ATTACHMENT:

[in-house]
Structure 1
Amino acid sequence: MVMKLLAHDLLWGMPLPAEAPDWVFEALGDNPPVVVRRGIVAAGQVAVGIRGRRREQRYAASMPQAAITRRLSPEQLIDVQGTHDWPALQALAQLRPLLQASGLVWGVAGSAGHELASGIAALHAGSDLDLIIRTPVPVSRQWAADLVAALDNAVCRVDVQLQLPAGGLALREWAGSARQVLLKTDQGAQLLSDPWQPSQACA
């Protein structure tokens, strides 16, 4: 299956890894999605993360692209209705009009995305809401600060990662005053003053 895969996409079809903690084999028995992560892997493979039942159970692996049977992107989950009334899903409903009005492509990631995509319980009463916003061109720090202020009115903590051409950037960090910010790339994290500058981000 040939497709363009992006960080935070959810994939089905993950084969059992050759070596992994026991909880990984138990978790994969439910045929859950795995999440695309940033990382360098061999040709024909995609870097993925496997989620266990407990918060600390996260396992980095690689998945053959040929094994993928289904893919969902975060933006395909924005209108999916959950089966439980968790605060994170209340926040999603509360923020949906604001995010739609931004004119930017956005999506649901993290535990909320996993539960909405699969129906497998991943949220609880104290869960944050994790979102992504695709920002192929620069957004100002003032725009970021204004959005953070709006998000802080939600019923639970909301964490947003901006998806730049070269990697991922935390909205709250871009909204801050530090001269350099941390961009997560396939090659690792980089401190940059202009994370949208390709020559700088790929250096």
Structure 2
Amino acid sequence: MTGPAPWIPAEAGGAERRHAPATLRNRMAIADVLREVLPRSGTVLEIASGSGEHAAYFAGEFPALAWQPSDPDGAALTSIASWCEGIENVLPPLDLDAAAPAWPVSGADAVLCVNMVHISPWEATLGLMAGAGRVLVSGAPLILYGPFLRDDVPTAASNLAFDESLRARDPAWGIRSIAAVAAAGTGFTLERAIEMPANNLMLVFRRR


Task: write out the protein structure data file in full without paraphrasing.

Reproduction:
[in-house]
Structure 1
Amino acid sequence: MVMKLLAHDLLWGMPLPAEAPDWVFEALGDNPPVVVRRGIVAAGQVAVGIRGRRREQRYAASMPQAAITRRLSPEQLIDVQGTHDWPALQALAQLRPLLQASGLVWGVAGSAGHELASGIAALHAGSDLDLIIRTPVPVSRQWAADLVAALDNAVCRVDVQLQLPAGGLALREWAGSARQVLLKTDQGAQLLSDPWQPSQACA
């Protein structure tokens, strides 16, 4: 299956890894999605993360692209209705009009995305809401600060990662005053003053 895969996409079809903690084999028995992560892997493979039942159970692996049977992107989950009334899903409903009005492509990631995509319980009463916003061109720090202020009115903590051409950037960090910010790339994290500058981000 040939497709363009992006960080935070959810994939089905993950084969059992050759070596992994026991909880990984138990978790994969439910045929859950795995999440695309940033990382360098061999040709024909995609870097993925496997989620266990407990918060600390996260396992980095690689998945053959040929094994993928289904893919969902975060933006395909924005209108999916959950089966439980968790605060994170209340926040999603509360923020949906604001995010739609931004004119930017956005999506649901993290535990909320996993539960909405699969129906497998991943949220609880104290869960944050994790979102992504695709920002192929620069957004100002003032725009970021204004959005953070709006998000802080939600019923639970909301964490947003901006998806730049070269990697991922935390909205709250871009909204801050530090001269350099941390961009997560396939090659690792980089401190940059202009994370949208390709020559700088790929250096």
Structure 2
Amino acid sequence: MTGPAPWIPAEAGGAERRHAPATLRNRMAIADVLREVLPRSGTVLEIASGSGEHAAYFAGEFPALAWQPSDPDGAALTSIASWCEGIENVLPPLDLDAAAPAWPVSGADAVLCVNMVHISPWEATLGLMAGAGRVLVSGAPLILYGPFLRDDVPTAASNLAFDESLRARDPAWGIRSIAAVAAAGTGFTLERAIEMPANNLMLVFRRR